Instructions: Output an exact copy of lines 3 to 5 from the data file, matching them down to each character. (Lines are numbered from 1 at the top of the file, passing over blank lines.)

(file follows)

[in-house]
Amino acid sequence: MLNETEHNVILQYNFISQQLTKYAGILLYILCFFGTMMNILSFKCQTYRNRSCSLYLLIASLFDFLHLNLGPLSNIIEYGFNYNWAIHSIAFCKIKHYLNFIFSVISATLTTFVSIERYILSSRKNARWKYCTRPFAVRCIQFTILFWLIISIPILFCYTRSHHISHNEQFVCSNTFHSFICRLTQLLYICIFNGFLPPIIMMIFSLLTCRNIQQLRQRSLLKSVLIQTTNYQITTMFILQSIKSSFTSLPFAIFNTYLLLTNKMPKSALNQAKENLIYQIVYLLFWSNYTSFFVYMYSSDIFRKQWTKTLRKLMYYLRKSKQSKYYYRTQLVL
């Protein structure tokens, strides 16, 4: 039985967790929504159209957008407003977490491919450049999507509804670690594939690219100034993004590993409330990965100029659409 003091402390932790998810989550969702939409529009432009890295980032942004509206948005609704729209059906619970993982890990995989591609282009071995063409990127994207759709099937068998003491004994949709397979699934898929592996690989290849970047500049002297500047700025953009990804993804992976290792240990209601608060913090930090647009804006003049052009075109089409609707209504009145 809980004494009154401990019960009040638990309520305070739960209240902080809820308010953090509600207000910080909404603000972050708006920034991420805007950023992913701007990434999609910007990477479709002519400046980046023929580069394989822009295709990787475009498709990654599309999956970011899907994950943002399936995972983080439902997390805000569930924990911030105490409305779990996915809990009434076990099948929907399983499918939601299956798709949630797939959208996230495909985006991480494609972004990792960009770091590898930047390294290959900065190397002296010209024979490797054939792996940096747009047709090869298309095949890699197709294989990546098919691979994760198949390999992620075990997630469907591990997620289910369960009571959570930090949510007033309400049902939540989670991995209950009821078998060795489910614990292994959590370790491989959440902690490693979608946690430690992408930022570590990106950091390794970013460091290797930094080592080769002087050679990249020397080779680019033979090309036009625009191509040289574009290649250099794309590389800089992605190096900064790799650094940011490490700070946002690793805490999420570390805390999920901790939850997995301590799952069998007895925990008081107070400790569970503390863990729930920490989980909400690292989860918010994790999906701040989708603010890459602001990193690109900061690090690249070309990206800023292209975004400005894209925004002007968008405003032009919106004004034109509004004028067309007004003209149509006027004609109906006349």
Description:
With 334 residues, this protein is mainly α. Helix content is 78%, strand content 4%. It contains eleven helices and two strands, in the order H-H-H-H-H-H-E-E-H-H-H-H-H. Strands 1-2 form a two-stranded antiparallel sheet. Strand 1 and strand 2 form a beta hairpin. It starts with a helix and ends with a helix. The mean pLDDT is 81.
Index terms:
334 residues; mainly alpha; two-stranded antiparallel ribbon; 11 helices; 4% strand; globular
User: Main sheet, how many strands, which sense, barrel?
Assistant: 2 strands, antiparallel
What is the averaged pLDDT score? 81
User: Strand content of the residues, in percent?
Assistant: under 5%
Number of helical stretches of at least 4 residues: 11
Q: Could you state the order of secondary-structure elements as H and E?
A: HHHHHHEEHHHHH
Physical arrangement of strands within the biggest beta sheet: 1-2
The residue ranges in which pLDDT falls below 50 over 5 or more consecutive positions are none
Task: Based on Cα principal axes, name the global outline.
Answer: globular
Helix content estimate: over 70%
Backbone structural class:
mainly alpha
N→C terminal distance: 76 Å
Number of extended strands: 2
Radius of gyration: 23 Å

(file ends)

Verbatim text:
């Protein structure tokens, strides 16, 4: 039985967790929504159209957008407003977490491919450049999507509804670690594939690219100034993004590993409330990965100029659409 003091402390932790998810989550969702939409529009432009890295980032942004509206948005609704729209059906619970993982890990995989591609282009071995063409990127994207759709099937068998003491004994949709397979699934898929592996690989290849970047500049002297500047700025953009990804993804992976290792240990209601608060913090930090647009804006003049052009075109089409609707209504009145 809980004494009154401990019960009040638990309520305070739960209240902080809820308010953090509600207000910080909404603000972050708006920034991420805007950023992913701007990434999609910007990477479709002519400046980046023929580069394989822009295709990787475009498709990654599309999956970011899907994950943002399936995972983080439902997390805000569930924990911030105490409305779990996915809990009434076990099948929907399983499918939601299956798709949630797939959208996230495909985006991480494609972004990792960009770091590898930047390294290959900065190397002296010209024979490797054939792996940096747009047709090869298309095949890699197709294989990546098919691979994760198949390999992620075990997630469907591990997620289910369960009571959570930090949510007033309400049902939540989670991995209950009821078998060795489910614990292994959590370790491989959440902690490693979608946690430690992408930022570590990106950091390794970013460091290797930094080592080769002087050679990249020397080779680019033979090309036009625009191509040289574009290649250099794309590389800089992605190096900064790799650094940011490490700070946002690793805490999420570390805390999920901790939850997995301590799952069998007895925990008081107070400790569970503390863990729930920490989980909400690292989860918010994790999906701040989708603010890459602001990193690109900061690090690249070309990206800023292209975004400005894209925004002007968008405003032009919106004004034109509004004028067309007004003209149509006027004609109906006349």
Description:
With 334 residues, this protein is mainly α. Helix content is 78%, strand content 4%. It contains eleven helices and two strands, in the order H-H-H-H-H-H-E-E-H-H-H-H-H. Strands 1-2 form a two-stranded antiparallel sheet. Strand 1 and strand 2 form a beta hairpin. It starts with a helix and ends with a helix. The mean pLDDT is 81.